We've managed to secure a copy and we're going to extract every possible ounce of info out of it.
Sadly, we aren't allowed to distribute it - we have to honor the request of the person who scored us a copy. Sorry! We will tell you everything we can about it, though.
The main screen is, well, broken. That makes navigating the app a little difficult. However with liberal use of the search button and a few tricks it's possible to find your way around. (And yes, the search still blows.)
If you've been chomping at the bit to get your hands on the Chameleon update that Kickstarter backers saw earlier this month, the wait is finally over. Released just a little while ago, v2 is now available to the public.
This updated version of the radical take on Android's launcher brings support for folders and linked folders, app launcher widgets, updates to most of the stock Chameleon widgets, and a bunch of overall performance improvements. This is also the first version to support phones, a feature that has been long-requested by lovers of the launcher.
For those who only want the phone version of Chameleon, the team decided to release a more affordable version ($2.91) which provides just that.
There isn't a phone on the planet that doesn't have at least a few bugs upon its release, but one such bug being reported by some Xperia Z owners is a doozie. The story goes that users are happily using their shiny new phone when it dies and refuses to wake up. Sony has finally chimed in online, saying the issue has been identified and a bug fix will roll out as part of the next software update.
Some folks say a hard restart fixes the issue, having resurrected their handsets multiple times. Other phones seem to be completely inoperable after just a single occurrence.
It's been a while since we've seen a significant update to the look of the Google Play Store - in fact, it's been in its current form since before the "Google Play" brand superseded the Android Market. But it looks like there is a new version in the works, and it's quite a change to the Store we've become used to. Droid Life got a hold of an APK that purports to be build version 4.0.16 of the vending app.
The interface on display is much lighter than what we're used to seeing, more like the web version of the Play Store.
Yesterday, Android Police was in San Jose checking out some nifty things at NVIDIA's 2013 GPU Technology Conference. At one of the events, the Tegra team showed off a few prototypes of automotive dashboards they're hoping to put into cars of the future.
The HMI (Human Machine Interaction)toolkit NVIDIA is developing, called UI Composer, is universal in the sense that it can run on top of Android, Linux, Windows RT, and probably other operating systems. User interfaces made using UI Composer can then be controlled remotely using Wi-Fi or Bluetooth. A Google Nexus 7 running Android Jelly Bean is used in one of the examples - it's basically an Android controller talking to a system running Android.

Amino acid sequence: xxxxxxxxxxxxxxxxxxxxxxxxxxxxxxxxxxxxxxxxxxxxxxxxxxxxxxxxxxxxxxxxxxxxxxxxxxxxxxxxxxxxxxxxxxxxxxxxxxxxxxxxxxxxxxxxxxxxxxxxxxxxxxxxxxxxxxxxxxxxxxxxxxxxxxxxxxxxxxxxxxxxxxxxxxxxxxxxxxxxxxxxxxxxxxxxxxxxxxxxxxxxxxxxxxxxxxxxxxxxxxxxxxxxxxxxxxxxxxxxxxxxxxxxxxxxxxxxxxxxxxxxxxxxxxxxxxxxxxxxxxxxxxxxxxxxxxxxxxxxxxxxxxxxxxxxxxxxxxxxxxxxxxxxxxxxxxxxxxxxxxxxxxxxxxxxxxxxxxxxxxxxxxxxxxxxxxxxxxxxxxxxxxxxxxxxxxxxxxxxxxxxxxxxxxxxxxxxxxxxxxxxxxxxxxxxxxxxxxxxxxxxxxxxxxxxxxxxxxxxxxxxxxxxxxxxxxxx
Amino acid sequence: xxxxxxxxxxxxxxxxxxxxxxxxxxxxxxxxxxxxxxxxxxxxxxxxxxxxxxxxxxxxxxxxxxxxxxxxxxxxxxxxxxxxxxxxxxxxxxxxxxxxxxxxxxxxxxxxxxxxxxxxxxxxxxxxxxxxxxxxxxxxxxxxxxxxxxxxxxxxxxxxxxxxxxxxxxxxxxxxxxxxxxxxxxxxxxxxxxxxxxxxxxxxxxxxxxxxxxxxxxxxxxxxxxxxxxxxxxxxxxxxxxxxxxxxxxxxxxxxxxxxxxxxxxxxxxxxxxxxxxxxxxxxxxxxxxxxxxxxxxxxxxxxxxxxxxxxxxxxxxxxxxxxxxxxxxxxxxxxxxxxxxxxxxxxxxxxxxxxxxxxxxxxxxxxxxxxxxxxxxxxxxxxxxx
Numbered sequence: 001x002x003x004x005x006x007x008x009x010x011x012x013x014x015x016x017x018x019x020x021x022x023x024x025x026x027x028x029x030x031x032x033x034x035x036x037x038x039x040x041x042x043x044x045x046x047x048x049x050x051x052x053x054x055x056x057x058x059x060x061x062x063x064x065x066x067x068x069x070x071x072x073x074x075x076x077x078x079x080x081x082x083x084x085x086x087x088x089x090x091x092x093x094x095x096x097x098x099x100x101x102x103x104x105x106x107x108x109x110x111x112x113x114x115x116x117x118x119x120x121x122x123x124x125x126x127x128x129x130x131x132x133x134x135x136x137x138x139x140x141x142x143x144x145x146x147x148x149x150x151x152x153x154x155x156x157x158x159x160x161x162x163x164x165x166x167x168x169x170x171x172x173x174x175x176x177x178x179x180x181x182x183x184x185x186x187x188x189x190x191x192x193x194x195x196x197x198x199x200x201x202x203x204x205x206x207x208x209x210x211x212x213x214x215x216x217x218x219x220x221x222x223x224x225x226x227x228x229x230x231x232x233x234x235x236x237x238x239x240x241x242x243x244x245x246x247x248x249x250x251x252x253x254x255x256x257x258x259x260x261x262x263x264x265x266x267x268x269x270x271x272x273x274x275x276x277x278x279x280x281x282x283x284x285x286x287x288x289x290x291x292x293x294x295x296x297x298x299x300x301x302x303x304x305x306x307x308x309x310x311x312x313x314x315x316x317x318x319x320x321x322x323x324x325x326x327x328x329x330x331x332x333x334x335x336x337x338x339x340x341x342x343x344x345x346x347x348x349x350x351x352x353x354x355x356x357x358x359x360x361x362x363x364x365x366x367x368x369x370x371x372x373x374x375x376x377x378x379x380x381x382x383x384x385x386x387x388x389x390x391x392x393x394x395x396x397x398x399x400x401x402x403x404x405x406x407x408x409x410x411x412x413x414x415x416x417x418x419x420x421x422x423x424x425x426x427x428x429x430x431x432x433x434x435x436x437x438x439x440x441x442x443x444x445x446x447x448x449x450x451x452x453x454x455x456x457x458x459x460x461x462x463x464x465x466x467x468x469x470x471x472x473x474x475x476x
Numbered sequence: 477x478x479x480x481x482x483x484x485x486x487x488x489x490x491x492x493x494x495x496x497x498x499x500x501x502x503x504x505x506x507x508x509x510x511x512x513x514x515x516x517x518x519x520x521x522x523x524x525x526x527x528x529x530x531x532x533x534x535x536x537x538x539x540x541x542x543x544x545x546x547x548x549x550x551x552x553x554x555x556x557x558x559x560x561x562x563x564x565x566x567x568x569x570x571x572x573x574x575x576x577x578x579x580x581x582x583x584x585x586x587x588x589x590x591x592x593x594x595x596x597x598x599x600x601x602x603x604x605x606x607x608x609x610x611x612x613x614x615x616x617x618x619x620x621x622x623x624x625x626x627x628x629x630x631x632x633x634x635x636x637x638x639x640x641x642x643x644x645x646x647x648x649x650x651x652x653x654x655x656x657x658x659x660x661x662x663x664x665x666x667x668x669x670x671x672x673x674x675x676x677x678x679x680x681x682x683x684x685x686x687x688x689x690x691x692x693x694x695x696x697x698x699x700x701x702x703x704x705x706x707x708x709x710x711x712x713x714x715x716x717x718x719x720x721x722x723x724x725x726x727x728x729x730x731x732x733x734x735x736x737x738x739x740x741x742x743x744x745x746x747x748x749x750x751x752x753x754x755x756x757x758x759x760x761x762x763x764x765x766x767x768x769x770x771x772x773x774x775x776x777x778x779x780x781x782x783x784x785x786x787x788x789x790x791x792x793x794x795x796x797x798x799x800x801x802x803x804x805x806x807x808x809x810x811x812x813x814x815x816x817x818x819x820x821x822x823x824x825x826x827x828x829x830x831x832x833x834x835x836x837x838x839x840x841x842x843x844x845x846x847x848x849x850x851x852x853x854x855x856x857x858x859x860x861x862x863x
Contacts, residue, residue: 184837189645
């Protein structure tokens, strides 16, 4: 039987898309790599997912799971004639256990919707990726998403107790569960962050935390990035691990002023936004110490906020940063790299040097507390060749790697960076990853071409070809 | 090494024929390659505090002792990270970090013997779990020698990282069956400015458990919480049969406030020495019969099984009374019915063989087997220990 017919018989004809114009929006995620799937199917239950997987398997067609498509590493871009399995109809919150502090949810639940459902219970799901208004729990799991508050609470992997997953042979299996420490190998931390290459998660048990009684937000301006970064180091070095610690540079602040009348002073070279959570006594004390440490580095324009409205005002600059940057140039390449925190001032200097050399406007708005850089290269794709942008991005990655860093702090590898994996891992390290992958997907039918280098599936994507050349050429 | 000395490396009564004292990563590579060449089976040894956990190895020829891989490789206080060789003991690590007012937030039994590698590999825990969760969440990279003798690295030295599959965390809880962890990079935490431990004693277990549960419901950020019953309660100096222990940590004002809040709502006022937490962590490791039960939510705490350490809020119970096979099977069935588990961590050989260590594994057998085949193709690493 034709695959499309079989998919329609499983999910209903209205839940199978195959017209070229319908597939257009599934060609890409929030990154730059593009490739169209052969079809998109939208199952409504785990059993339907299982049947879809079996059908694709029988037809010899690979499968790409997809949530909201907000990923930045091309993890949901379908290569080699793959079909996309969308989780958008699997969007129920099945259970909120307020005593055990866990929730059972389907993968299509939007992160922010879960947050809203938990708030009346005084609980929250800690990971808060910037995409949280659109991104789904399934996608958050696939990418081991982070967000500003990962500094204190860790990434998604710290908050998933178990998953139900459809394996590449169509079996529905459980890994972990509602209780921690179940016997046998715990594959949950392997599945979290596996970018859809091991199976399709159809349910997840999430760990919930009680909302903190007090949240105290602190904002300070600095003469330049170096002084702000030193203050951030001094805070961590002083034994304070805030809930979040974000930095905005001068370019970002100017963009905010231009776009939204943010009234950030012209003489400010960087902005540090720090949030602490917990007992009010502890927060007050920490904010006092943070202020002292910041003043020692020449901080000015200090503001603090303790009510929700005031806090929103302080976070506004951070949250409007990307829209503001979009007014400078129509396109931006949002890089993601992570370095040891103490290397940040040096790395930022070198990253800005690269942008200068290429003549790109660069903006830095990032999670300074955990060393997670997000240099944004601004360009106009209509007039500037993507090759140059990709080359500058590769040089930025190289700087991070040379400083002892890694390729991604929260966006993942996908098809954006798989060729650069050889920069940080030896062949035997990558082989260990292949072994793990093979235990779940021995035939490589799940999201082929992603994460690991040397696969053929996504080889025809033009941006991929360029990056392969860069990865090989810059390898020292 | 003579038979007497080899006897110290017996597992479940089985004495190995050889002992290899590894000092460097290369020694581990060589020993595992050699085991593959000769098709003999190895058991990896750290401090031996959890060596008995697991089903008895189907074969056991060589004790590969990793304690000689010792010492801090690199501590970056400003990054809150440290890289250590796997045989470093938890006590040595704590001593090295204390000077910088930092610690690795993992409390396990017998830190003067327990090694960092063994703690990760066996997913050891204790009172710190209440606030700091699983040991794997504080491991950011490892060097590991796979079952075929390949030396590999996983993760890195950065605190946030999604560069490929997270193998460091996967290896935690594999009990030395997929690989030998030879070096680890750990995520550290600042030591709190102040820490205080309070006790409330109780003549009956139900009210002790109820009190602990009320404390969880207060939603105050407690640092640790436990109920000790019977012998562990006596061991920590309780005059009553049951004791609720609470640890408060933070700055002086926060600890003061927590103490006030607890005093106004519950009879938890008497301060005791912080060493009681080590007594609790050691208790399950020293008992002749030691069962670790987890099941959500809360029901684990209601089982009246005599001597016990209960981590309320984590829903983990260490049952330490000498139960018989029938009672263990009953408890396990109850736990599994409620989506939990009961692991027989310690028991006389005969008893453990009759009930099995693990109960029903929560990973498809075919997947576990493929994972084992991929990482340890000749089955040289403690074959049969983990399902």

When you're a space marine, getting captured by aliens is a real drag. You don't get to shoot stuff and you have to slave away in the anathema mines! In Dynamite Jack, you get to bust out of the mines with just a flashlight and an ample supply of bombs. This is a top-down 2D action game, but there's a prominent stealth component that looks very cool.
There are 28 official levels to complete in Dynamite Jack filled with guards, robots, and other hazards. You have to avoid detection while taking out threats with carefully-placed bombs. Once you finish the included levels, there is almost unlimited gameplay potential thanks to the level editor.
The Google Keep Android app is out, and it is way more functional than the sparse web site. Allow me to show you around.
There are two different views to Keep, a multi-column view and a single-column view. Multi-column is "pretty typography mode" and single column is all business. You can switch views with the menu button.
There's about a million different ways to take notes: plain text, a checklist, a voice note (which transcribes and saves the audio), or you can take a picture with the camera. Check list items have little draggable handles on them.
Just like Gmail, archiving a note is as easy swiping it away, and, just like Gmail, there's a handy "undo" popup.
If you're in Mexico and love to read books, your potential book collection just got a lot bigger thanks to Google. Naturally, I'm talking about Google Play Books, which is now live in Mexico.
See? Just look at all those Spanish words. There are plenty more where those came from as soon as you enable the feature on your device and start digging around for your favorite titles. There should even be a slew of books for free.
So there you go, Mexican bookworms, even more content to choose from. Go check it out.
So if you'd like to check out Google's new note-taking app, I suggest you hurry and head on over to https://drive.google.com/keep/. Until we see some kind of official launch post from a Google blog, I don't expect it to be there for long.